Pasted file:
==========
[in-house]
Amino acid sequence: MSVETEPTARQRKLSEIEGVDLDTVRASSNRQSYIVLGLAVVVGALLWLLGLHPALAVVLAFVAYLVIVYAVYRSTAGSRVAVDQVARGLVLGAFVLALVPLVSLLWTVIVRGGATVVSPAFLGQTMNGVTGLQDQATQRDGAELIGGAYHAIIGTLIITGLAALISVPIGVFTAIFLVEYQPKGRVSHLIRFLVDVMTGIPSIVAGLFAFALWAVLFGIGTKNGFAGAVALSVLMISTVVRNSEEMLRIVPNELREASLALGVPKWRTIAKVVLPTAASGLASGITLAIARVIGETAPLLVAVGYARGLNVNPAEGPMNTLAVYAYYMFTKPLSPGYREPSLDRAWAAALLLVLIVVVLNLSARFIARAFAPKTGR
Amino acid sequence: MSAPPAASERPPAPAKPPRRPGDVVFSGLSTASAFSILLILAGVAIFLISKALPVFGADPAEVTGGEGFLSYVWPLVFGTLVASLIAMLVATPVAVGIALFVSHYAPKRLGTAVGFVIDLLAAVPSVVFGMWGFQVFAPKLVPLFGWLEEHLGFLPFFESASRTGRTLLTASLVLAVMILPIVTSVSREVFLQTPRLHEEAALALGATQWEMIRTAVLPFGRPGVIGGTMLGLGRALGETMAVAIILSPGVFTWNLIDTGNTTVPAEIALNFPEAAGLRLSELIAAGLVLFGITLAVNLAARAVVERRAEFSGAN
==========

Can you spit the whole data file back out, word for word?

[in-house]
Amino acid sequence: MSVETEPTARQRKLSEIEGVDLDTVRASSNRQSYIVLGLAVVVGALLWLLGLHPALAVVLAFVAYLVIVYAVYRSTAGSRVAVDQVARGLVLGAFVLALVPLVSLLWTVIVRGGATVVSPAFLGQTMNGVTGLQDQATQRDGAELIGGAYHAIIGTLIITGLAALISVPIGVFTAIFLVEYQPKGRVSHLIRFLVDVMTGIPSIVAGLFAFALWAVLFGIGTKNGFAGAVALSVLMISTVVRNSEEMLRIVPNELREASLALGVPKWRTIAKVVLPTAASGLASGITLAIARVIGETAPLLVAVGYARGLNVNPAEGPMNTLAVYAYYMFTKPLSPGYREPSLDRAWAAALLLVLIVVVLNLSARFIARAFAPKTGR
Amino acid sequence: MSAPPAASERPPAPAKPPRRPGDVVFSGLSTASAFSILLILAGVAIFLISKALPVFGADPAEVTGGEGFLSYVWPLVFGTLVASLIAMLVATPVAVGIALFVSHYAPKRLGTAVGFVIDLLAAVPSVVFGMWGFQVFAPKLVPLFGWLEEHLGFLPFFESASRTGRTLLTASLVLAVMILPIVTSVSREVFLQTPRLHEEAALALGATQWEMIRTAVLPFGRPGVIGGTMLGLGRALGETMAVAIILSPGVFTWNLIDTGNTTVPAEIALNFPEAAGLRLSELIAAGLVLFGITLAVNLAARAVVERRAEFSGAN